Friday, June 26, 2015

Training 2015/06/26 #025 -- guillotine defense and double lapel grip break

It was a fun day. We do some warm-ups and a bit of no-gi rolling. It feels good to take off the jacket for a bit. Ironically, we later learned a technique that required the drill. First, some review:

Guillotine defense
I've talked about this one before I think. Basically, you go for the double leg and you screw it up. Maybe you were tired. Regardless, you get caught in the guillotine. The first thing you need to do is defend.

  • Brace your outside hand just above your partner's knee. Ideally, you want your fingers in (i.e., between their legs) so you will have to rotate your hand. This hand is to prevent your opponent from lifting you up. For me, I kind of wedged by elbow into my hip so that I was supported. 
  • Move the other hand up over your partner's shoulder in a klondike grip. This hand probably isn't as important as the other one. It's really to prevent your partner from rotating. Sensei suggested that we take a very deep grip but, since we were no-gi, I found myself looking for a grip on the shoulder blade.
We didn't do the next steps but I remember what they are. Step around and block their knee with yours. You essentially want to be cross body and take them down. You will be in side control. Go for the kimura on their wrist, etc.

Double lapel grab to chin strap
This technique is a bit of a home brew but is great. On the syllabus, it is listed with title:
  • Double lapel grab, cross under and pull far elbow across while stepping to side with chin strap takedown
Perhaps it would be shorter in Japanese. Regardless, the approach is relatively simple. In the past we had talked about doing an ikajo-style defense but this one works better.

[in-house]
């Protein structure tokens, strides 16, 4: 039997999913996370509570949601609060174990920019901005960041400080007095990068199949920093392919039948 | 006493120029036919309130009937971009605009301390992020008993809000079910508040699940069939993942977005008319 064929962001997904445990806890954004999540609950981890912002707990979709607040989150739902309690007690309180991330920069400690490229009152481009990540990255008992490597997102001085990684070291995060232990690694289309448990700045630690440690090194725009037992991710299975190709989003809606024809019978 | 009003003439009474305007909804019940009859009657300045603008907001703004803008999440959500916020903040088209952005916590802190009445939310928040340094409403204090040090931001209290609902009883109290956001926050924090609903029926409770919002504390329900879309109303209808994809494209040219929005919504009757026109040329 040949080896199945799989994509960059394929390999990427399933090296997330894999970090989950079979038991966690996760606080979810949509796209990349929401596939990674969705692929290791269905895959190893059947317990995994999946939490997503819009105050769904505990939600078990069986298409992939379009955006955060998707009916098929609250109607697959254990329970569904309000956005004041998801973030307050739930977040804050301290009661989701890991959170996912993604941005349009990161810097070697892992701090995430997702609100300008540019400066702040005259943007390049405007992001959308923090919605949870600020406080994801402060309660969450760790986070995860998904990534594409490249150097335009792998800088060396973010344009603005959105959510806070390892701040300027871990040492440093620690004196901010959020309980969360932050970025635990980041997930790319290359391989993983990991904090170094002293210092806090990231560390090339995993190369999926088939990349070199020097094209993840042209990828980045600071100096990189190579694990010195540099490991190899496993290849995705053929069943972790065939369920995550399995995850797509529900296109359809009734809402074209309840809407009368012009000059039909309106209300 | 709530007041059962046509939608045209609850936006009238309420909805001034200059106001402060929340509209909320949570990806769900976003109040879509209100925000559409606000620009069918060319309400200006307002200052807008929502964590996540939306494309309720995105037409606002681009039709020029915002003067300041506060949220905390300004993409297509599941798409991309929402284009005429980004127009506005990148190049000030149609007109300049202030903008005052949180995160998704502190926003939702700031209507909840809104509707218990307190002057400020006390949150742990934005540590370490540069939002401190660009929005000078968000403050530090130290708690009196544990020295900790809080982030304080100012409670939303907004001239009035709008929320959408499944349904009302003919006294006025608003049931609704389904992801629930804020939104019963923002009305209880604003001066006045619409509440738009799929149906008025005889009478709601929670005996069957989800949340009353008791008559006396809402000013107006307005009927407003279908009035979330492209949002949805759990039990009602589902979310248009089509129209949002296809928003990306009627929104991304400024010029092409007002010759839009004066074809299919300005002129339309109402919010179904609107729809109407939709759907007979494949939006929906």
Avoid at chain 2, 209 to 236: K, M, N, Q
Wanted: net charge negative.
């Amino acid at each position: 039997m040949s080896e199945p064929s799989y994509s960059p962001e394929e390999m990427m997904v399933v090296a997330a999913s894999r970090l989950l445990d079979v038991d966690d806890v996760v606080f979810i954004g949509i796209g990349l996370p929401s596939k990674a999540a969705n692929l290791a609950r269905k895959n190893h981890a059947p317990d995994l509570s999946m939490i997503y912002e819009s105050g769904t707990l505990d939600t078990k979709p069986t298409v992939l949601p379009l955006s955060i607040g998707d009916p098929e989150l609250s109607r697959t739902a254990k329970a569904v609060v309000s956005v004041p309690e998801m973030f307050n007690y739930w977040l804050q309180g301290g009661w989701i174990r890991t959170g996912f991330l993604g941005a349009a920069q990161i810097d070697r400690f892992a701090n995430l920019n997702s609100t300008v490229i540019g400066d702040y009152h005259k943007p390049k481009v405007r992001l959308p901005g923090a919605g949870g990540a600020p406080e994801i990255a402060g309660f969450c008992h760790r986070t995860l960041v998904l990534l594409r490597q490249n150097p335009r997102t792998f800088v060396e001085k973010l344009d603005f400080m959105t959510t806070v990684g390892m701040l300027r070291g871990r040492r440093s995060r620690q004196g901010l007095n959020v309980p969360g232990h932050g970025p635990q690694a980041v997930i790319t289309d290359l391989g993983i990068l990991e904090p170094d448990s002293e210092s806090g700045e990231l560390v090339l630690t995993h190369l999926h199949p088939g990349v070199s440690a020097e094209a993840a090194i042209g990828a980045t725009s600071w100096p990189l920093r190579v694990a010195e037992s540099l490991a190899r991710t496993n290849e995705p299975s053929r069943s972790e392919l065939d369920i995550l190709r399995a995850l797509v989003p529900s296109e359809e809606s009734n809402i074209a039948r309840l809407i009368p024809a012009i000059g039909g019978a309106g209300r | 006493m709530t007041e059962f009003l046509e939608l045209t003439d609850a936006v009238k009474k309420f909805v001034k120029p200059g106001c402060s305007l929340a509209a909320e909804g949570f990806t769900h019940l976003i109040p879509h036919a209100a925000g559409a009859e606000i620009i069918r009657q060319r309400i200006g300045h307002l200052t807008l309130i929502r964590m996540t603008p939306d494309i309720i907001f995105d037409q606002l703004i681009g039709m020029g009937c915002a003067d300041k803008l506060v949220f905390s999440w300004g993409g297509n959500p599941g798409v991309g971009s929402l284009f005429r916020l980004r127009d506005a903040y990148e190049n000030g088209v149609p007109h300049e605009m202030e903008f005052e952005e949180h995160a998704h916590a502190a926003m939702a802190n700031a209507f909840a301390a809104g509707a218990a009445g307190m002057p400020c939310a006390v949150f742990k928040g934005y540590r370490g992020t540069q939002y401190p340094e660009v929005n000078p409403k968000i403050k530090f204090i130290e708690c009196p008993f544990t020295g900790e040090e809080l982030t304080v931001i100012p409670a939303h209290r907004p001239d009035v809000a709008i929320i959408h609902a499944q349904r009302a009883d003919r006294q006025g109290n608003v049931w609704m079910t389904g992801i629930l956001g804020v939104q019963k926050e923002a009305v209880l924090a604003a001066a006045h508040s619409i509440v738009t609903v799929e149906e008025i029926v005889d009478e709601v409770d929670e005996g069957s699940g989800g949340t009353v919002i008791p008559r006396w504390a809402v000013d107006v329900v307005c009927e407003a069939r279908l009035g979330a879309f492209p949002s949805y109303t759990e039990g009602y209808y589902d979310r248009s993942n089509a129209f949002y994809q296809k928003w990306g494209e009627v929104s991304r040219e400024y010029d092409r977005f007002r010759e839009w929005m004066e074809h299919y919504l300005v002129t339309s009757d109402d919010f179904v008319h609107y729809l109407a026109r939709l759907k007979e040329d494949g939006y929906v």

• Your partner takes a double lapel grib
  • Lower your base and stay loose
  • Reach under their arms and grab their opposite elbow from underneath.
  • Pull your elbow to your hip while rotating. By connecting their elbow to your hip, you are very strong and you have all of the leverage. Ideally, this rotation will give you kuzushi.
  • Reach around their back to secure the chin strap. This move is kind of like an arm drag to take their back. In this case you want to reach around to grab their chin with a kind of sokumen entering move.
  • Pull their head up in back in the opposite direction. This move will really stretch out your partner and they will go down. It should feel like that tipping sensation you get with shiho nage. As they go down, get your knee into their belly. Their hand will probably still be caught up in your gi so you now have options: armbar, bow-and-arrow with the chin strap, etc.
I like this move because it really demonstrates a lot of basis (e.g., connection to centre, kuzushi, etc.). It also works in a very small radius with some tight hip movements. We also tried it from a suwari/kneeling position and it still worked.

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